Moment of Impact
USA, 1998, 117 minutes, 16mm
Julia Loktev, the director of the critically acclaimed The Loneliest Planet (New York Film Festival 2011) and Cannes award-winning Day Night Day Night made her extraordinary debut with this sui generis documentary, an intimate family triptych. Loktev gets up close and personal with her parents after a freak accident immobilizes her father and renders her mother a full-time caregiver. What emerges, in carefully wrought 16mm black-and-white, is a candid, tough-minded, and moving portrait of individuals, relationships, and the crosscurrents of past and future in a difficult present. – Nicolas Rapold
As discomforting as it is brilliant. Shot with a handheld home video camera, the film is an intimate, unsparing view of a dread situation.-Amy Taubin, THE VILLAGE VOICE
What’s central here isn’t Leonid’s condition, but Larisa’s reaction, which comes across not just in her actions but also in long, nighttime conversations she has with Julia, lying side by side on a rumpledsheet. Larisa is a smart, strong woman who allows herself not an ounce of self-pity. She refuses to be called heroic. . . . At the end, it’s hard not to be impressed by Larisa’s stoic realism and Julia’s risky effort to take an esthetic view of such deeply personal material.-Godfrey Cheshire, VARIETY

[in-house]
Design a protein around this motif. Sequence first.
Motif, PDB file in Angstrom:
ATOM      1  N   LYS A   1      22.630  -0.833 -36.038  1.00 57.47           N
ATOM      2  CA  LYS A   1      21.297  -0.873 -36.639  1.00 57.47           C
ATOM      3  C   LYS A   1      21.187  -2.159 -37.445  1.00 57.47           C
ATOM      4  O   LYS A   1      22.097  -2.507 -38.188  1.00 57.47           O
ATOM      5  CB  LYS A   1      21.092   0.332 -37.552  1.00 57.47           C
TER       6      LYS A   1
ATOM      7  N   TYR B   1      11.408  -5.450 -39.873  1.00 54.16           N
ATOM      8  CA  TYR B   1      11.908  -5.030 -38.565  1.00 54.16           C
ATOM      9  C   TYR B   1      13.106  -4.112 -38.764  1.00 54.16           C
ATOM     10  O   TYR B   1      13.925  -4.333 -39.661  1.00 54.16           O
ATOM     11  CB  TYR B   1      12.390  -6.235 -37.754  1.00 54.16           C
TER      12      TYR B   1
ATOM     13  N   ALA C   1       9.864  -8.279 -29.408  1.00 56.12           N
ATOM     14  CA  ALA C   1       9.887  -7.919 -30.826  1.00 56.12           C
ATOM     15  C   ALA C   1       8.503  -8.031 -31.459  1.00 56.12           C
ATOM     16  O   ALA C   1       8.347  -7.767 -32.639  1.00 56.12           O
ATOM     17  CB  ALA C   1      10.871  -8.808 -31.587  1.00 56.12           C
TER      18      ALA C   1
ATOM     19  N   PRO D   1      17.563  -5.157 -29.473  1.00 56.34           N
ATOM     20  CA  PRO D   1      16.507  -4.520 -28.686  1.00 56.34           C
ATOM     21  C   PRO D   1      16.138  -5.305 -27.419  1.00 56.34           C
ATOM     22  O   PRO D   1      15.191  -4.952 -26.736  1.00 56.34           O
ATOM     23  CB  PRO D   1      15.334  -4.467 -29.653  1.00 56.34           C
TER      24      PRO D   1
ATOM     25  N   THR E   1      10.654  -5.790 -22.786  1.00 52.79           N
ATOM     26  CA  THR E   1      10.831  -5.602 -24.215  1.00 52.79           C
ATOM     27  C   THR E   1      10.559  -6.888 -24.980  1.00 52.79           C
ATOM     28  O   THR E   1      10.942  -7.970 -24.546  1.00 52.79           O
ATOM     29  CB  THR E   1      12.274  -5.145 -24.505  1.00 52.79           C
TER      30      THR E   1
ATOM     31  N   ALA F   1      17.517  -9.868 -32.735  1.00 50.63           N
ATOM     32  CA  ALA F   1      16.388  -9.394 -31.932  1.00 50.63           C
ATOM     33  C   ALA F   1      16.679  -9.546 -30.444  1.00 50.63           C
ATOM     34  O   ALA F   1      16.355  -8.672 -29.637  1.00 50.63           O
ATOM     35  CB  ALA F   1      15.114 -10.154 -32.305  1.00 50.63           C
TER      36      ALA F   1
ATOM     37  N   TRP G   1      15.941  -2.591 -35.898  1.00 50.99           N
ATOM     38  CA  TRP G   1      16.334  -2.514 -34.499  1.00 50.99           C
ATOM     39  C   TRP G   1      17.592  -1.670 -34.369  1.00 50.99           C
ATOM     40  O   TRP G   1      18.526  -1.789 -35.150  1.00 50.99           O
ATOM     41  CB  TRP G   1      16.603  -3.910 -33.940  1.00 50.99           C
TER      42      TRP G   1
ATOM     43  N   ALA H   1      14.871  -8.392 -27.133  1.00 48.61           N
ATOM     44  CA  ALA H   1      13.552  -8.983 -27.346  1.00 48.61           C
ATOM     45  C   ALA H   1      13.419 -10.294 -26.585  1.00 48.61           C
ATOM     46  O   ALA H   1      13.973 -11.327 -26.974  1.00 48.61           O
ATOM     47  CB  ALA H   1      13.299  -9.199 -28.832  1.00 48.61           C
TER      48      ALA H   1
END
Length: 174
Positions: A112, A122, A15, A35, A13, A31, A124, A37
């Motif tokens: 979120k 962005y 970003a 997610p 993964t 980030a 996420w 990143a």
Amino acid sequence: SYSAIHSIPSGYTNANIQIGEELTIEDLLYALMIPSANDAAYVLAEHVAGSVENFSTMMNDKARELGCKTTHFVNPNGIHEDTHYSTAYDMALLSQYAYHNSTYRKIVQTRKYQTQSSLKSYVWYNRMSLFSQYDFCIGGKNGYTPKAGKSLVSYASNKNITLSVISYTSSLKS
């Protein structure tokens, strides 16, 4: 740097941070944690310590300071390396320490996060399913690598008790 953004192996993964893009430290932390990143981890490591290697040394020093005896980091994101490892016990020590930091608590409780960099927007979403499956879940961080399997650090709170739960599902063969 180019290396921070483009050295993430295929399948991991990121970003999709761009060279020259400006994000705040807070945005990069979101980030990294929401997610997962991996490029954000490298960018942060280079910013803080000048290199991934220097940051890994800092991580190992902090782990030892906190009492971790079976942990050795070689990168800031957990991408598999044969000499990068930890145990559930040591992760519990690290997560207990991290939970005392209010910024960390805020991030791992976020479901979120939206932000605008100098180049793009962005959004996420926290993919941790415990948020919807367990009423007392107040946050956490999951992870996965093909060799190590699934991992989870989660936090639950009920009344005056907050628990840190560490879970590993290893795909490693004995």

Julia Loktev was born in Leningrad (St. Petersburg), Russia. When she was nine, her family immigrated to the U.S., settling in Loveland, Colorado. While in university in Montreal, Julia was a DJ at an alternative radio station, which led to creating her own audio art works. She moved to New York to pursue filmmaking. Moment of Impact, her first feature, won several prizes including the Directing Award at Sundance, the Grand Prize at Cinéma du Reél in Paris, and Best Documentary at Karlovy Vary, and screened in numerous festivals including Locarno, New Directors/New Films and Pusan. Her fiction debut Day Night Day Night premiered in Directors Fortnight at Cannes, where it won the Youth Prize and was nominated for two Gotham Awards, Breakthrough Director and Breakthrough Actor. Her latest film, The Loneliest Planet, is a selection of this year’s New York Film Festival and has also shown at Toronto and Locarno. Julia also makes multiple-screen video installations that have been exhibited in a visual art context, including at Tate Modern in London, P.S.1 in New York, Haus der Kunst in Munich, Bienal de Valencia, and Mito Art Tower in Japan. She was recently awarded a Guggenheim Fellowship. She lives and works in Brooklyn.
Nicolas Rapold is associate editor at Film Comment and has written for The New York Times, The Village Voice, Artforum, and Sight & Sound. He co-programs the Overdue series at the 92YTribeca and has also programmed work at the Museum of the Moving Image and the Film Society of Lincoln Center.